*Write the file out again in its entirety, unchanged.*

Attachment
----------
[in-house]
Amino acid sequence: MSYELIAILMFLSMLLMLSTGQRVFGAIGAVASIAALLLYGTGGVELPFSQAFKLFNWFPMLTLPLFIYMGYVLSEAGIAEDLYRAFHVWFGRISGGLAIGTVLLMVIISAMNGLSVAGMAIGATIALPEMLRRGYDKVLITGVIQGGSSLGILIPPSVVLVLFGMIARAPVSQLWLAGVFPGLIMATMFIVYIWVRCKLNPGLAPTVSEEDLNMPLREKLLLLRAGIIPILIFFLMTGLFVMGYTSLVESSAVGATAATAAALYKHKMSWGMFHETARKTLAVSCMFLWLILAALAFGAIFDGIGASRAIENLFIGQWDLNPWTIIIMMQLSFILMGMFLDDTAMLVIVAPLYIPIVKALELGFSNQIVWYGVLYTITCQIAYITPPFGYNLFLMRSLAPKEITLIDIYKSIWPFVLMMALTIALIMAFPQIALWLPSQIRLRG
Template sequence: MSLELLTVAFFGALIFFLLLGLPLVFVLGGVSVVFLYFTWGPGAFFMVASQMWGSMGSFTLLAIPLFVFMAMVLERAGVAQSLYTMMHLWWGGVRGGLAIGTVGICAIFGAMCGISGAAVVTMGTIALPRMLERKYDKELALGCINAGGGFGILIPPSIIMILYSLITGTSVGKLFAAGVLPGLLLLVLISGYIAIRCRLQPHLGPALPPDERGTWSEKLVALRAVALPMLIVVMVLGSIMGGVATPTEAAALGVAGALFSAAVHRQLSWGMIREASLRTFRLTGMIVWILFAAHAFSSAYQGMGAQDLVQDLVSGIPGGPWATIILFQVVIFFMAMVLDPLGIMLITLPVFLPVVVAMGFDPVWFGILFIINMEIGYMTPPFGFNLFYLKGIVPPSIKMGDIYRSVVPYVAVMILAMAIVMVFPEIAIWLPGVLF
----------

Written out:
[in-house]
Amino acid sequence: MSYELIAILMFLSMLLMLSTGQRVFGAIGAVASIAALLLYGTGGVELPFSQAFKLFNWFPMLTLPLFIYMGYVLSEAGIAEDLYRAFHVWFGRISGGLAIGTVLLMVIISAMNGLSVAGMAIGATIALPEMLRRGYDKVLITGVIQGGSSLGILIPPSVVLVLFGMIARAPVSQLWLAGVFPGLIMATMFIVYIWVRCKLNPGLAPTVSEEDLNMPLREKLLLLRAGIIPILIFFLMTGLFVMGYTSLVESSAVGATAATAAALYKHKMSWGMFHETARKTLAVSCMFLWLILAALAFGAIFDGIGASRAIENLFIGQWDLNPWTIIIMMQLSFILMGMFLDDTAMLVIVAPLYIPIVKALELGFSNQIVWYGVLYTITCQIAYITPPFGYNLFLMRSLAPKEITLIDIYKSIWPFVLMMALTIALIMAFPQIALWLPSQIRLRG
Template sequence: MSLELLTVAFFGALIFFLLLGLPLVFVLGGVSVVFLYFTWGPGAFFMVASQMWGSMGSFTLLAIPLFVFMAMVLERAGVAQSLYTMMHLWWGGVRGGLAIGTVGICAIFGAMCGISGAAVVTMGTIALPRMLERKYDKELALGCINAGGGFGILIPPSIIMILYSLITGTSVGKLFAAGVLPGLLLLVLISGYIAIRCRLQPHLGPALPPDERGTWSEKLVALRAVALPMLIVVMVLGSIMGGVATPTEAAALGVAGALFSAAVHRQLSWGMIREASLRTFRLTGMIVWILFAAHAFSSAYQGMGAQDLVQDLVSGIPGGPWATIILFQVVIFFMAMVLDPLGIMLITLPVFLPVVVAMGFDPVWFGILFIINMEIGYMTPPFGFNLFYLKGIVPPSIKMGDIYRSVVPYVAVMILAMAIVMVFPEIAIWLPGVLF